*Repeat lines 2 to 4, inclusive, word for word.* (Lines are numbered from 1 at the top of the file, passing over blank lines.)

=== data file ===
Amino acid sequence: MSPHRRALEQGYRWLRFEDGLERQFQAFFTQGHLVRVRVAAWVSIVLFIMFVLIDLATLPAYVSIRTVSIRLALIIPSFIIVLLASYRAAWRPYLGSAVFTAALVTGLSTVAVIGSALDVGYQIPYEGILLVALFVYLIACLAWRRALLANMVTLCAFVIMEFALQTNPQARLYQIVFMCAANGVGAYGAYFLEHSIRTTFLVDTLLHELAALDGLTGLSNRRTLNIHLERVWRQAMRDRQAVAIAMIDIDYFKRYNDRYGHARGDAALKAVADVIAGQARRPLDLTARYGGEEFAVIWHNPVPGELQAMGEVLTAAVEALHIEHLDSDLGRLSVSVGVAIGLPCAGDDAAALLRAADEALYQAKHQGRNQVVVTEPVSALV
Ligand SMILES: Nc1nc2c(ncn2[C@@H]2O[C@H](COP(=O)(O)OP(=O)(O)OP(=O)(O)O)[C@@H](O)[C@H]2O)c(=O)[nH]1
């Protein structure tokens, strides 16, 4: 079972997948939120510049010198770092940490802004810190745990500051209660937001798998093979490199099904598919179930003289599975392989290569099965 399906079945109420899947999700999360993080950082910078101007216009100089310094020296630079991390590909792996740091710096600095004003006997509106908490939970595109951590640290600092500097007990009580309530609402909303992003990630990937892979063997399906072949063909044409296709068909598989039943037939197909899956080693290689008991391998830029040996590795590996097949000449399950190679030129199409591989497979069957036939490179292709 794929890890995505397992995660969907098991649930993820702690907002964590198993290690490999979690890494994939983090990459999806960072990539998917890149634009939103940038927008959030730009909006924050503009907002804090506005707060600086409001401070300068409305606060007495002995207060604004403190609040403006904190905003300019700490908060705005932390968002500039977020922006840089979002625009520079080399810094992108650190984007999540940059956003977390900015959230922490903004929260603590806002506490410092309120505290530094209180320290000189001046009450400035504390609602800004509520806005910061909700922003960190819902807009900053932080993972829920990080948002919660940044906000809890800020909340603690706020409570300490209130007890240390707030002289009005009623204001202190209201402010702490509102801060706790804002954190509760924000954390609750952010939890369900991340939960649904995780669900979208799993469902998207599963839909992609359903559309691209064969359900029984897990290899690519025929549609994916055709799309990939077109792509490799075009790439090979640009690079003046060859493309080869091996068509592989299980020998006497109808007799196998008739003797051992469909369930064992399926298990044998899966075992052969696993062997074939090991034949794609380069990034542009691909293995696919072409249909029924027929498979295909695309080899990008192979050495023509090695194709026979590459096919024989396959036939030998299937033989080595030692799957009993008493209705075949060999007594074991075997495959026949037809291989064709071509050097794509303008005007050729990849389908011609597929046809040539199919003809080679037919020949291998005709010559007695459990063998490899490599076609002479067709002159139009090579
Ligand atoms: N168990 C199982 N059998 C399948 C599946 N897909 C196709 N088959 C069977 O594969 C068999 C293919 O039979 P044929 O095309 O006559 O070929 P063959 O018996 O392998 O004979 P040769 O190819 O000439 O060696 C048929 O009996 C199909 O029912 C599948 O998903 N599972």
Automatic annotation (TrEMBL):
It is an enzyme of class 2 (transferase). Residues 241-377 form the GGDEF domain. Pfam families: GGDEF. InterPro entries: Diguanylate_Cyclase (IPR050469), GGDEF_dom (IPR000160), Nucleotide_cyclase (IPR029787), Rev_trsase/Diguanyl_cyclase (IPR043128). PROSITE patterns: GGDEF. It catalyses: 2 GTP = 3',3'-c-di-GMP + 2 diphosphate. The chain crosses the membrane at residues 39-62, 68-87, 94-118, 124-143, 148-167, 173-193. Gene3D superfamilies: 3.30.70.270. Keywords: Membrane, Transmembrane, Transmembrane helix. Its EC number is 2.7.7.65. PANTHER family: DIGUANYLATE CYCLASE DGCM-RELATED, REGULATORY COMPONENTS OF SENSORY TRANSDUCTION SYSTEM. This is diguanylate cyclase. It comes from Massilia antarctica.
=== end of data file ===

Ligand SMILES: Nc1nc2c(ncn2[C@@H]2O[C@H](COP(=O)(O)OP(=O)(O)OP(=O)(O)O)[C@@H](O)[C@H]2O)c(=O)[nH]1
């Protein structure tokens, strides 16, 4: 079972997948939120510049010198770092940490802004810190745990500051209660937001798998093979490199099904598919179930003289599975392989290569099965 399906079945109420899947999700999360993080950082910078101007216009100089310094020296630079991390590909792996740091710096600095004003006997509106908490939970595109951590640290600092500097007990009580309530609402909303992003990630990937892979063997399906072949063909044409296709068909598989039943037939197909899956080693290689008991391998830029040996590795590996097949000449399950190679030129199409591989497979069957036939490179292709 794929890890995505397992995660969907098991649930993820702690907002964590198993290690490999979690890494994939983090990459999806960072990539998917890149634009939103940038927008959030730009909006924050503009907002804090506005707060600086409001401070300068409305606060007495002995207060604004403190609040403006904190905003300019700490908060705005932390968002500039977020922006840089979002625009520079080399810094992108650190984007999540940059956003977390900015959230922490903004929260603590806002506490410092309120505290530094209180320290000189001046009450400035504390609602800004509520806005910061909700922003960190819902807009900053932080993972829920990080948002919660940044906000809890800020909340603690706020409570300490209130007890240390707030002289009005009623204001202190209201402010702490509102801060706790804002954190509760924000954390609750952010939890369900991340939960649904995780669900979208799993469902998207599963839909992609359903559309691209064969359900029984897990290899690519025929549609994916055709799309990939077109792509490799075009790439090979640009690079003046060859493309080869091996068509592989299980020998006497109808007799196998008739003797051992469909369930064992399926298990044998899966075992052969696993062997074939090991034949794609380069990034542009691909293995696919072409249909029924027929498979295909695309080899990008192979050495023509090695194709026979590459096919024989396959036939030998299937033989080595030692799957009993008493209705075949060999007594074991075997495959026949037809291989064709071509050097794509303008005007050729990849389908011609597929046809040539199919003809080679037919020949291998005709010559007695459990063998490899490599076609002479067709002159139009090579
Ligand atoms: N168990 C199982 N059998 C399948 C599946 N897909 C196709 N088959 C069977 O594969 C068999 C293919 O039979 P044929 O095309 O006559 O070929 P063959 O018996 O392998 O004979 P040769 O190819 O000439 O060696 C048929 O009996 C199909 O029912 C599948 O998903 N599972």